Spectral Ecologies is a collaborative project involving practice-based research leading to an exhibition (2017) and publication as outcomes. While the artists, Sam Nightingale and Polly Stanton, will make individual works for the final exhibition, these will be exhibited alongside elements of our collaborative research forming an exhibition that is itself an ecology of various differing but intimately related parts.Read More
Sam Nightingale’s work ‘State Theatre, Sierra Blanca’ will be exhibited as part of Photofusion’s NCM Exposed exhibition taking place between 17 July – 28 August 2015.
State Theatre, Sierra Blanca, is one of the many ghostly cinema spaces that the Nightingale has photographed while exploring the residue of cinema found in rural environments. These are spectral spaces marked by social and geographic change as the site of film has shifted over time. Sierra Blanca is a small town in the Chihuahua Desert in Far West Texas, close to the border with Mexico. It is an area rich with cinematic fable and history, such as the mythical stories of a ‘Movie Mountain’ where a silent film was made in 1900 by Gaston Méliès, the lesser know brother of George Méliès, or the now vanished film set for Giant, the 1956 film starring the legendary Elizabeth Taylor and James Dean.Read More
A selection of images from The Remains will be exhibited during UCL’s Cities After Hours colloquium on 13th May 2015. Cities After Hours brings together researchers from across UCL who are considering the city “after hours” from a variety of disciplinary perspectives. The shift from the diurnal to the nocturnal city will be the over-arching theme of the day. Read More
Spectral Conjuring of a Cinematic Present by Sam Nightingale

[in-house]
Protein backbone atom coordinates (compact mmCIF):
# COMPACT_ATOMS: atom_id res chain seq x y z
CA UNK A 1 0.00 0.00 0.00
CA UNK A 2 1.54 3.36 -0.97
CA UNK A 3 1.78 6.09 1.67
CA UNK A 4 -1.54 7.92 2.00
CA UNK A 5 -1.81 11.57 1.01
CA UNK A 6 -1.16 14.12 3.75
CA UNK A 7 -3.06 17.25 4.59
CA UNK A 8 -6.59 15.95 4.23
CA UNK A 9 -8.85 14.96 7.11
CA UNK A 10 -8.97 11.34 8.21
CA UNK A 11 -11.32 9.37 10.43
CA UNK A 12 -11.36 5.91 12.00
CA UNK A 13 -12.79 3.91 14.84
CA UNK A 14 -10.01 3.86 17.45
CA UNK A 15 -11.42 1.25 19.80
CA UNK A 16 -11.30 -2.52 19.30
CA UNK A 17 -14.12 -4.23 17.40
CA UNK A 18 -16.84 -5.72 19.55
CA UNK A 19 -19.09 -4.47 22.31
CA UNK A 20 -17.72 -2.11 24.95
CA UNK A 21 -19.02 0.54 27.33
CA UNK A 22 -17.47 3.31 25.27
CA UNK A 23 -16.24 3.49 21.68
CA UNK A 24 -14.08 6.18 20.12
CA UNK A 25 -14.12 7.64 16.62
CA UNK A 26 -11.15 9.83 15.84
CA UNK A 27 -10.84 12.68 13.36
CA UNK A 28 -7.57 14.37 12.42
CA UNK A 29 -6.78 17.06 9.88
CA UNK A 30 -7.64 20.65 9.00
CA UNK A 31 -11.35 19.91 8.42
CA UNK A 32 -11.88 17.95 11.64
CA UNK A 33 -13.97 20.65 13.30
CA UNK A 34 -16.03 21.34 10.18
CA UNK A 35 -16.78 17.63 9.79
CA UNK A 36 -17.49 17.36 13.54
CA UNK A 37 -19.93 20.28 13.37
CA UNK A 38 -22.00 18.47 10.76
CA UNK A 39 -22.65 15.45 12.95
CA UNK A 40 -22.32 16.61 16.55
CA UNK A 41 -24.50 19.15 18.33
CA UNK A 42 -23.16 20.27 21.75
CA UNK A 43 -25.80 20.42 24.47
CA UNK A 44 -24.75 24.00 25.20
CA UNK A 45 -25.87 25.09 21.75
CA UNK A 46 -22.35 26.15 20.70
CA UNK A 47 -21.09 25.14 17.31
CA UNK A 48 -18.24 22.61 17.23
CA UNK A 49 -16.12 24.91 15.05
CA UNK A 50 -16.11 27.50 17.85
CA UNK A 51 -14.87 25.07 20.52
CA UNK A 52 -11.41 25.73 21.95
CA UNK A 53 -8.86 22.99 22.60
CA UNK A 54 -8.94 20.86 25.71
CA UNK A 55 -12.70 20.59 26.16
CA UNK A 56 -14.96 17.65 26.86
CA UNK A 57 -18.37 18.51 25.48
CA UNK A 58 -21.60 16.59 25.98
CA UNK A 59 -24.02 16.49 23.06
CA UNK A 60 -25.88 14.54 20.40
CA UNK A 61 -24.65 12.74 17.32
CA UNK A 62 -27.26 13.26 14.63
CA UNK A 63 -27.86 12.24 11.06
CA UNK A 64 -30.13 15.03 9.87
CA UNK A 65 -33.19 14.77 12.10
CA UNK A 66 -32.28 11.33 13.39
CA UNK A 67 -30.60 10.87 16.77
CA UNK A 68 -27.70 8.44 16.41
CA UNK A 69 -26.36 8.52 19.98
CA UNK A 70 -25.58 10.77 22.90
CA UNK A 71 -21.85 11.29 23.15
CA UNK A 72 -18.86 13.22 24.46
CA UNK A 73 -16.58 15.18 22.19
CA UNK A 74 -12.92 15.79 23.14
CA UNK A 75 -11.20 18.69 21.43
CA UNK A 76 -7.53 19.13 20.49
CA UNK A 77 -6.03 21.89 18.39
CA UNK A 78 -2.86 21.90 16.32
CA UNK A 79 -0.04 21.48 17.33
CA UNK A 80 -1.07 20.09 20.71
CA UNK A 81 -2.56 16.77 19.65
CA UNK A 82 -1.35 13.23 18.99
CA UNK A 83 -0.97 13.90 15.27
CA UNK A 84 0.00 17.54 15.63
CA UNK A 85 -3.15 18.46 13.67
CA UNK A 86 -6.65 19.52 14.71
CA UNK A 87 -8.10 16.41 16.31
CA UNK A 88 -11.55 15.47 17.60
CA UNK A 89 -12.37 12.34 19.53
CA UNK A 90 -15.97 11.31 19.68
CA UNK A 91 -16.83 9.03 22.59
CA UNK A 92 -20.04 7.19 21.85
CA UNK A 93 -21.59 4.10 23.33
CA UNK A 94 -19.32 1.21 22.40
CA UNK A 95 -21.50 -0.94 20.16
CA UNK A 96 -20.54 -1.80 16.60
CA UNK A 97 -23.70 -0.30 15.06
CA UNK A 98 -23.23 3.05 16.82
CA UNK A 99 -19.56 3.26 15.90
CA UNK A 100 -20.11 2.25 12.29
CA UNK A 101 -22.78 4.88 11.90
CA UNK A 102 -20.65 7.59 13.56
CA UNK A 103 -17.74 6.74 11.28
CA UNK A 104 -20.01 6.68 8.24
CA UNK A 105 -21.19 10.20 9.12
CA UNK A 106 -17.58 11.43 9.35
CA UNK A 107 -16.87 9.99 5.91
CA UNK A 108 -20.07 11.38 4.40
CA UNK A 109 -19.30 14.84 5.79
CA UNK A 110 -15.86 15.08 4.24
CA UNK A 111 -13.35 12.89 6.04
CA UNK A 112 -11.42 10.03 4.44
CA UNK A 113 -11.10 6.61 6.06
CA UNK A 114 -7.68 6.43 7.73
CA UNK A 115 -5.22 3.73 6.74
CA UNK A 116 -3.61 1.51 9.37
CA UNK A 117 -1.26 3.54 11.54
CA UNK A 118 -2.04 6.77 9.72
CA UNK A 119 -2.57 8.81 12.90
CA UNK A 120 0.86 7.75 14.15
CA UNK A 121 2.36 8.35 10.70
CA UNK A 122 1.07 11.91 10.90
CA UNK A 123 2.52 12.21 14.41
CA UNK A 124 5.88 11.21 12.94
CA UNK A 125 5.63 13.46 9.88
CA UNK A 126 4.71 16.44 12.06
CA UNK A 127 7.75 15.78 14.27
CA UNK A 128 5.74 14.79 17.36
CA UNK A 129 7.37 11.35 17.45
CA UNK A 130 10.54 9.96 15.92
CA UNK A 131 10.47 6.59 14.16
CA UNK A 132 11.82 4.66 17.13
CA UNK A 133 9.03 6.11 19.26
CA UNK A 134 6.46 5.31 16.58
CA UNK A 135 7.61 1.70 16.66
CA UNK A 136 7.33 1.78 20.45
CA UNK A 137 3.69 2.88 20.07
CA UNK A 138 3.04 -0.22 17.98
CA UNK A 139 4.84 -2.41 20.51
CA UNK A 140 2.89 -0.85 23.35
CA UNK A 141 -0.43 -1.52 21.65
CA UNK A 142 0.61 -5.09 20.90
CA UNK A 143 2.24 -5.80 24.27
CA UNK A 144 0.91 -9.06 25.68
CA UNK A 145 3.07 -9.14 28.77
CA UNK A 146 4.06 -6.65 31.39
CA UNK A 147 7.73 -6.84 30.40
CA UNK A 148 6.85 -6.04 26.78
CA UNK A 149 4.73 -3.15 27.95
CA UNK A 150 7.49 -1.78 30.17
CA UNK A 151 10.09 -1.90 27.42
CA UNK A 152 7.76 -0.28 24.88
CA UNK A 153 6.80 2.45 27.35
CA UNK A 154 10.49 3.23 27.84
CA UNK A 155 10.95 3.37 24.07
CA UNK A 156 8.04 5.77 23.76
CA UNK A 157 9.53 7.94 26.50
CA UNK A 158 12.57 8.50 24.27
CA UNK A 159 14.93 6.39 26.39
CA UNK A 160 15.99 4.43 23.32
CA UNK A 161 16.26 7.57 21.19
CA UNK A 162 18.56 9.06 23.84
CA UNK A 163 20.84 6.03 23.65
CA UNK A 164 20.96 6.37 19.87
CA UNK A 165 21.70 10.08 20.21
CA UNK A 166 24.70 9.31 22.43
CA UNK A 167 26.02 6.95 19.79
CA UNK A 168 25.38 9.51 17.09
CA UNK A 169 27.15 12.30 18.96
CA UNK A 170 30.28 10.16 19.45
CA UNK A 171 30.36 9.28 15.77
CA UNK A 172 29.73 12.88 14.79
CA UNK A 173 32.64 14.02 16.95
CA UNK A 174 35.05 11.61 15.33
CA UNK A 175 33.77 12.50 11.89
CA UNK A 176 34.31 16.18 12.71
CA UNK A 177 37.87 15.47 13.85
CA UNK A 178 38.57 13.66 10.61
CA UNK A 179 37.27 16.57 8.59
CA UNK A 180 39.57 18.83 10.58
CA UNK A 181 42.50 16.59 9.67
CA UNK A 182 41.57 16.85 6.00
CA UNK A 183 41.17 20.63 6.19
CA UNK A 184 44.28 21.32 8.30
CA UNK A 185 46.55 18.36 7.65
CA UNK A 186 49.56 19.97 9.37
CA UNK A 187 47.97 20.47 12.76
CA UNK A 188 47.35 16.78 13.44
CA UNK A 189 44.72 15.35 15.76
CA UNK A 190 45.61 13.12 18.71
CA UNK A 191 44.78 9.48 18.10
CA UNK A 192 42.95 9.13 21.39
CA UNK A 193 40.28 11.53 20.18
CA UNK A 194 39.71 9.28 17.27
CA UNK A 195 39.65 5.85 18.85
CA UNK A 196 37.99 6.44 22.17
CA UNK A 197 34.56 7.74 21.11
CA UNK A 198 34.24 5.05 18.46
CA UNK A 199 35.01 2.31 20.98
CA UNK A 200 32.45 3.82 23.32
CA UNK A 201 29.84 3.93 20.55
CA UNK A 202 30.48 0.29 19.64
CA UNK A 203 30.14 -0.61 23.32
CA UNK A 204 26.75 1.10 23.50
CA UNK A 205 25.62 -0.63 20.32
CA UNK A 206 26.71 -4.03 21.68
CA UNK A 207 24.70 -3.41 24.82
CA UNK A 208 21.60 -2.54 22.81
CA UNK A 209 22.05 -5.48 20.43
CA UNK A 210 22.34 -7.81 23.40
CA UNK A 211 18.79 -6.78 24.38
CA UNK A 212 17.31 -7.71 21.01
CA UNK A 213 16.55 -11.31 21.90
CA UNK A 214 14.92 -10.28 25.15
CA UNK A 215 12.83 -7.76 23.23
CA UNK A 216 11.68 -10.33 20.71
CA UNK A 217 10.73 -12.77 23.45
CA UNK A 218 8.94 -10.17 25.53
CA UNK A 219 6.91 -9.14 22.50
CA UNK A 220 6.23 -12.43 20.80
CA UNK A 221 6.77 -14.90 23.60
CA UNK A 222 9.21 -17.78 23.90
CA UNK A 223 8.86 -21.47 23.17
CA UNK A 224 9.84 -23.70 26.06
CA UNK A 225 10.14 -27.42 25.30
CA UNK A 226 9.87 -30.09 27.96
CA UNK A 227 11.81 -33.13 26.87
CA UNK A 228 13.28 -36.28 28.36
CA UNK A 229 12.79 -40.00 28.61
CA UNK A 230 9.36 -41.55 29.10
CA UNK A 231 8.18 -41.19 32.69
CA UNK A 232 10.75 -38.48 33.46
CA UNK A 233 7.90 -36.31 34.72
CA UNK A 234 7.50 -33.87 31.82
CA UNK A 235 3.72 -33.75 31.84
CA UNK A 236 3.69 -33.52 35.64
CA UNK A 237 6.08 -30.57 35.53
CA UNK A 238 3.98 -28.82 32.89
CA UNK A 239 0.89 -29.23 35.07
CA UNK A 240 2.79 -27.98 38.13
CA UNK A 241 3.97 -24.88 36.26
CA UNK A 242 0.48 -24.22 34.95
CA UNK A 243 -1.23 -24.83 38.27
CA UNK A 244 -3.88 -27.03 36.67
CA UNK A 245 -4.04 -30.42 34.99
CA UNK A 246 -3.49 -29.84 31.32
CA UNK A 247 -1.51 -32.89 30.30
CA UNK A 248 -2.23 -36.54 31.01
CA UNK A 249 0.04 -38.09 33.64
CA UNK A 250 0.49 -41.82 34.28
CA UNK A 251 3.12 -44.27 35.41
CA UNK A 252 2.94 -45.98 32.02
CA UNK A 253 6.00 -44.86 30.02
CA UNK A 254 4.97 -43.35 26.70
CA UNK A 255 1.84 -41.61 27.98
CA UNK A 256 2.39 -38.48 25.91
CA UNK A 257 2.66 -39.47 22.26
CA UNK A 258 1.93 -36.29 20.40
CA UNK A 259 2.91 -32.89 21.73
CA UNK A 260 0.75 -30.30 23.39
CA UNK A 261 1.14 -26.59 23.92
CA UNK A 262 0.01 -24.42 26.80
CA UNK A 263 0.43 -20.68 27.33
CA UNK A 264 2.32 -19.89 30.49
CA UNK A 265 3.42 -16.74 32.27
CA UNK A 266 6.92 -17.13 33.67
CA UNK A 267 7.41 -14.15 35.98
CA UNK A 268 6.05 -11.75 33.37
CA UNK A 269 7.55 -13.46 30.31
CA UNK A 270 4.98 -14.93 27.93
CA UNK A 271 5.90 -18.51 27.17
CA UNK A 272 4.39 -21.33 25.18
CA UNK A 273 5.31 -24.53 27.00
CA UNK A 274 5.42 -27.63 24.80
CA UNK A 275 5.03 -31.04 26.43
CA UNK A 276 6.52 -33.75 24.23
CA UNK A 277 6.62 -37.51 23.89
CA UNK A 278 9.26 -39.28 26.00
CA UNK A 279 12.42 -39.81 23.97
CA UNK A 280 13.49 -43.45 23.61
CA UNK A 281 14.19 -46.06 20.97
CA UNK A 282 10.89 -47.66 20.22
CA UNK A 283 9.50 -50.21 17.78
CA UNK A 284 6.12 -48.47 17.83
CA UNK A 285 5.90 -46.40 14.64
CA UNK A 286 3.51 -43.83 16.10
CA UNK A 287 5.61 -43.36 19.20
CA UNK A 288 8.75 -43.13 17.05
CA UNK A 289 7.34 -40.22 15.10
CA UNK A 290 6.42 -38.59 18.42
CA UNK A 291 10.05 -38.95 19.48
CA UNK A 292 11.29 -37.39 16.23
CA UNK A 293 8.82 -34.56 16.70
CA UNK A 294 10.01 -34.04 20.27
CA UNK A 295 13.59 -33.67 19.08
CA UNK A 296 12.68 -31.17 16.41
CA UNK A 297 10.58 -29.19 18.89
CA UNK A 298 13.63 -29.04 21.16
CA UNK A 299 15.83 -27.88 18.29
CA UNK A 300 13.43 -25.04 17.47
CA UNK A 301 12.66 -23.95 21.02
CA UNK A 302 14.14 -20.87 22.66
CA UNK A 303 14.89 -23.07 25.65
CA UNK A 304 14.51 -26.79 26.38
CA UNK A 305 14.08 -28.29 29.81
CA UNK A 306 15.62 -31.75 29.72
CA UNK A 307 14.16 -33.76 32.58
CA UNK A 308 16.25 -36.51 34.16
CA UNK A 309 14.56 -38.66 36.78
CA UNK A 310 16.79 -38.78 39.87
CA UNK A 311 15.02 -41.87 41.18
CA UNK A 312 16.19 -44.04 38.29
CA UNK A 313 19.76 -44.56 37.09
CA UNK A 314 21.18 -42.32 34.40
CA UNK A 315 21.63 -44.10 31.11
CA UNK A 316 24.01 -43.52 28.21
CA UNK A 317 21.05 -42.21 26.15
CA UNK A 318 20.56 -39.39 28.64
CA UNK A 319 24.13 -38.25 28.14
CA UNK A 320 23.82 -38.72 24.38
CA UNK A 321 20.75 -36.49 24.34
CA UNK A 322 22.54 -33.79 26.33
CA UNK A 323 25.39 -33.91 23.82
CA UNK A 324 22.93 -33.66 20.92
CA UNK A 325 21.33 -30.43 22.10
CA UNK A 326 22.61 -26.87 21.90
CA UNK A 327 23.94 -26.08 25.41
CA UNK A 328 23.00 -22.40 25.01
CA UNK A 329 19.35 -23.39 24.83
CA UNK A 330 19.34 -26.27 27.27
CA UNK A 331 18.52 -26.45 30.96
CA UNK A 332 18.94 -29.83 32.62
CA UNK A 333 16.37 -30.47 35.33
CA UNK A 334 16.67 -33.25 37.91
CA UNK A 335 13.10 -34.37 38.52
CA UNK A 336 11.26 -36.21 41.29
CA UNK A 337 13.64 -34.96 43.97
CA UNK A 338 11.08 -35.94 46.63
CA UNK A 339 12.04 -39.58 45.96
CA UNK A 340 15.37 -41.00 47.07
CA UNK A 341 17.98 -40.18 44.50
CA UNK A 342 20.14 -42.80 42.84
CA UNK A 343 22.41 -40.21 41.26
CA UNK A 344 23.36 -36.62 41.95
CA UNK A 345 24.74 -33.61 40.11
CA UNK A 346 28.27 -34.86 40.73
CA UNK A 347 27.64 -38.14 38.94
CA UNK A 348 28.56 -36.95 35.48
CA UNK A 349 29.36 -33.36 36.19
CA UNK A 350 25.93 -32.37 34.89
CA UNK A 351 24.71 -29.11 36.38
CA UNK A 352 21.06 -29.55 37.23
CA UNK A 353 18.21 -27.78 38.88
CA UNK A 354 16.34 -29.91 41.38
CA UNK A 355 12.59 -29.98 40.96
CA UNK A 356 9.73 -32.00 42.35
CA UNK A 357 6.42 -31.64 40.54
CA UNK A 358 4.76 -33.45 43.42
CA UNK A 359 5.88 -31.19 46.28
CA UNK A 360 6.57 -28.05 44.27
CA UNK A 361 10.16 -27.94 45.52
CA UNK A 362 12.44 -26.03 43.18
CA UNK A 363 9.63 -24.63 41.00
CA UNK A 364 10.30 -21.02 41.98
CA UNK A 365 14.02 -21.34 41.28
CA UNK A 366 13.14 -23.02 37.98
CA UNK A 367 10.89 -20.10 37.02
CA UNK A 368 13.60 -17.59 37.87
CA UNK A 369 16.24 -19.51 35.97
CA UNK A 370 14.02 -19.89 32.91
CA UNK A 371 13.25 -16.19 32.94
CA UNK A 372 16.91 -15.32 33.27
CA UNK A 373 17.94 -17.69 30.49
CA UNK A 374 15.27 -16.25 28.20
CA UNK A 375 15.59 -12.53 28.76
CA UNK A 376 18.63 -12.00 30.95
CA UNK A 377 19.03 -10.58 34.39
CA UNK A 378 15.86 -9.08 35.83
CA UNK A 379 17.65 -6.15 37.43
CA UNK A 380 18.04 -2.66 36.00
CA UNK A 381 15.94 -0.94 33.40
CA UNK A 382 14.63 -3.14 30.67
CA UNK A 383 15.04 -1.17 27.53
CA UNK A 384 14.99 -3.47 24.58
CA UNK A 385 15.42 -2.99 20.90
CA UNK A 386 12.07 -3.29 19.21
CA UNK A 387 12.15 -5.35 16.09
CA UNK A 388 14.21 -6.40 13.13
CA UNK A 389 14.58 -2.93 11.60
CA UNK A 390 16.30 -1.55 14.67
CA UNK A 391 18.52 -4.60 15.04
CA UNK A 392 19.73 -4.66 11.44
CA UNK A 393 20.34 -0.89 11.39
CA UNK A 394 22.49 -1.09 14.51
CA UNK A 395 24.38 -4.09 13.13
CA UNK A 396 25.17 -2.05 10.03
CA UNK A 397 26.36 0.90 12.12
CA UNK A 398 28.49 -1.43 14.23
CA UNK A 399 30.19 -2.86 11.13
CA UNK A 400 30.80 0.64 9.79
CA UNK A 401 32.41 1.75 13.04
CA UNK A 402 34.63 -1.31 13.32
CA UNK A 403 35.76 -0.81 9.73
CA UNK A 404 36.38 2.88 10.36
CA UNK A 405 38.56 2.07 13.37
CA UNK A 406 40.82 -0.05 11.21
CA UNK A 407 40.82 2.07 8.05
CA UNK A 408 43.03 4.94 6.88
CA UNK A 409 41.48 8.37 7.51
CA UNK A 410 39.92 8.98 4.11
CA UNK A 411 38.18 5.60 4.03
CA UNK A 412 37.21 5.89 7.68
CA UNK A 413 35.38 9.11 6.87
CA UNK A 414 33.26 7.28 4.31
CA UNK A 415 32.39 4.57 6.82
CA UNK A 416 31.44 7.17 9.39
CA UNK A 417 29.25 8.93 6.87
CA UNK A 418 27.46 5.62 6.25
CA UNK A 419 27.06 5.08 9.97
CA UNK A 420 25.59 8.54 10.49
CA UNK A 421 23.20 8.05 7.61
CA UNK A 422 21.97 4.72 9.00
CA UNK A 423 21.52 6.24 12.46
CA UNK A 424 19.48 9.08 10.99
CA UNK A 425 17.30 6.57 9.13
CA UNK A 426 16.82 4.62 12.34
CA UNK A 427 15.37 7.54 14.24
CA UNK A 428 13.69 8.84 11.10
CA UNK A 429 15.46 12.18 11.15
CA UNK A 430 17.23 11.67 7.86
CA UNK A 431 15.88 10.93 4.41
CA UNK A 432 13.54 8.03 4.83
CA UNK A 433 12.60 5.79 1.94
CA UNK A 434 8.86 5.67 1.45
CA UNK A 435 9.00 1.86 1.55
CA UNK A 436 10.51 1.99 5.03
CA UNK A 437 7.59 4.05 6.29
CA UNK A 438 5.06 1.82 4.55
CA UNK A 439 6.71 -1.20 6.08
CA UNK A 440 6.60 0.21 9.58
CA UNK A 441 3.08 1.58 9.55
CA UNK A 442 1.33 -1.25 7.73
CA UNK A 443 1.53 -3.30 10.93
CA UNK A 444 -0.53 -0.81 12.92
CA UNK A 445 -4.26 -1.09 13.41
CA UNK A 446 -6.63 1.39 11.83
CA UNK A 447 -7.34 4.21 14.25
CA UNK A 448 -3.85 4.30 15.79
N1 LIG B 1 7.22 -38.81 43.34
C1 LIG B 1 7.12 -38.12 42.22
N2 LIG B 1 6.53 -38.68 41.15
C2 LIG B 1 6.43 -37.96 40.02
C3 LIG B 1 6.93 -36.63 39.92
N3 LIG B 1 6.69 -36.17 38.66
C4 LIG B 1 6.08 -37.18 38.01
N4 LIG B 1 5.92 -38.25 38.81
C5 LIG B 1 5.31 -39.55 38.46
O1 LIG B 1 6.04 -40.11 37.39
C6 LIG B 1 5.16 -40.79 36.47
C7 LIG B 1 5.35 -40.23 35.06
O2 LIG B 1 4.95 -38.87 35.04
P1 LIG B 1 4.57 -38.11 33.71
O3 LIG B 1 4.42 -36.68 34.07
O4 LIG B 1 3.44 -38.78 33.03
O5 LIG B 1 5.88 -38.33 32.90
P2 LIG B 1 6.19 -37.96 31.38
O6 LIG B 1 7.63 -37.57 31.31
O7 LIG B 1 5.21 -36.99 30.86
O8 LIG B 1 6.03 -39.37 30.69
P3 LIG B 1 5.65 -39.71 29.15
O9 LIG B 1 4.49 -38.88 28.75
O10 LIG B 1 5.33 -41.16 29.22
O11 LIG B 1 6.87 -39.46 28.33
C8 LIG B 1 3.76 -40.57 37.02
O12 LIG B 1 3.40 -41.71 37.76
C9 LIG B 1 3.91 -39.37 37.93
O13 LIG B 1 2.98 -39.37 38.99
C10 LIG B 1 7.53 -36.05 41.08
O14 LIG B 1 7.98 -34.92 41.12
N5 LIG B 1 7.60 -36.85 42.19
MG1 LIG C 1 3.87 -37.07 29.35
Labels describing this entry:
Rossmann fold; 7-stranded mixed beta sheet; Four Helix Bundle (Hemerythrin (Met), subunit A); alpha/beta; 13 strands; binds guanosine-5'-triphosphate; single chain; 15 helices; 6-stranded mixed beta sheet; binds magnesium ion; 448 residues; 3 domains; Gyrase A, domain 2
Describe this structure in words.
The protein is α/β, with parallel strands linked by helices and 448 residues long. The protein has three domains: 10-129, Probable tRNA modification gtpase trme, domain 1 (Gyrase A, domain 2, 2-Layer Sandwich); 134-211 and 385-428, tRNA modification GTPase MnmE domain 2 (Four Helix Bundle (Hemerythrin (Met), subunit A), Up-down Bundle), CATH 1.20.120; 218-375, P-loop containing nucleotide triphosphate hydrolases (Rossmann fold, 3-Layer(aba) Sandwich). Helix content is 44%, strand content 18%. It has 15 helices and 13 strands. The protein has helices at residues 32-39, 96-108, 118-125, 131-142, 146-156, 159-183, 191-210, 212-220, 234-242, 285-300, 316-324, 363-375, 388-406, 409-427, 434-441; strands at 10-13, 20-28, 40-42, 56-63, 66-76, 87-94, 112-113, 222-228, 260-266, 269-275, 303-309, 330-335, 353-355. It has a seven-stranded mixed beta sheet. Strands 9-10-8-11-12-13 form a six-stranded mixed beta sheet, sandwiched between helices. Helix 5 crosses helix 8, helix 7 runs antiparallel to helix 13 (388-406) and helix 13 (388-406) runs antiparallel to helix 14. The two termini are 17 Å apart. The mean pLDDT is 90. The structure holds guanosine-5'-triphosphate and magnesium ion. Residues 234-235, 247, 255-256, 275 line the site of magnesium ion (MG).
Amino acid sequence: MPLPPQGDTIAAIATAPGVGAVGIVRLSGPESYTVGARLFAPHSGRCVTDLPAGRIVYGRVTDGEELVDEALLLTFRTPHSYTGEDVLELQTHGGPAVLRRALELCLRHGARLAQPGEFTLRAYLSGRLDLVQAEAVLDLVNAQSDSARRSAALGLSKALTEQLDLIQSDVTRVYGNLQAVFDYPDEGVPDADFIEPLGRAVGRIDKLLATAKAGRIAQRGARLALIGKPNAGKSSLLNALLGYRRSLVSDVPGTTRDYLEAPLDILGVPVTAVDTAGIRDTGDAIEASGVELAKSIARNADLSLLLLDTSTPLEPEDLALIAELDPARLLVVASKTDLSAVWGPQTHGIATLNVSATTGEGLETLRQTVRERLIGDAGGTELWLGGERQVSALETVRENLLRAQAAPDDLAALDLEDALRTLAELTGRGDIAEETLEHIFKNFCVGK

The Cinemas Project
Published by National Exhibitions Touring Support (NETS) Victoria, 2014.
Edited by Bridget Crone.
To celebrate the culmination of the first iteration of The Cinemas Project, a book has been published that catalogues the commissioned artists’ work as well as highlighting some of the sites of cinema that were included in the project.Read More
LONDON’S LOST CINEMAS @ UCL Cities Methodologies 2014
Dr Chris O’Rourke & Sam Nightingale
29 – 31 October 2014
Exhibition Launch: 28 October 18.30 – 21.00
Opening Times: 29 – 31 10.00 – 20.00
UCL Cities Methodologies 2014
5th Floor, Slade Research Centre
Woburn Square, London WC1H 0AM
London’s Lost Cinemas brings together an interactive map showing London’s lost or forgotten cinemas and photographs of the spaces that they once occupied. Between 1906 and 1930, nearly one thousand cinemas opened in and around London. These ranged from converted shops and amusement arcades to lavish ‘picture palaces’. The exhibit showcases new research and creative responses to this early period of cinema history. It invites visitors to imagine the impact that cinemas have had on London’s streets and its people, and to consider how the relationship between moving images and the city has changed over time.
Sam Nightingale’s work focuses on the London Borough of Islington where he has photographed the many locations where cinemas once stood. The images articulate the latent (or spectral) presence of this history through photographing what remains: depicting urban spaces that are at once both in the present and out of time.
Interactive map presentation times:
Wednesday: 11:00-13:00, 17:00-18:00
Dr. Chris O’Rourke is a Research Associate in film studies funded by the UCL Centre for Humanities Interdisciplinary Research Projects (CHIRP). His research looks at the early history of cinemas and cinema-going in London. He also teaches on UCL’s MA in Film Studies and MSc in Urban Studies.
Twitter: @ChrisORourke1 / www.ucl.ac.uk/chirp/research/projects/filmland
Sam Nightingale is a London-based artist who works with photography and the moving image. Nightingale’s practice is concerned with enlivening and imploding the hidden spaces within and between built structures.He works in a research-based and site related way to reveal the multiple histories of cinematic spaces both real and imagined.
www.samnightingale.com / www.islingtonslostcinemas.com
Cities Methodologies is an annual exhibition and programme of events showcasing innovative urban research methodologies. Through peer-reviewed exhibits and events, it draws together undergraduate, masters, and doctoral research, alongside work produced by academics and other researchers and practitioners.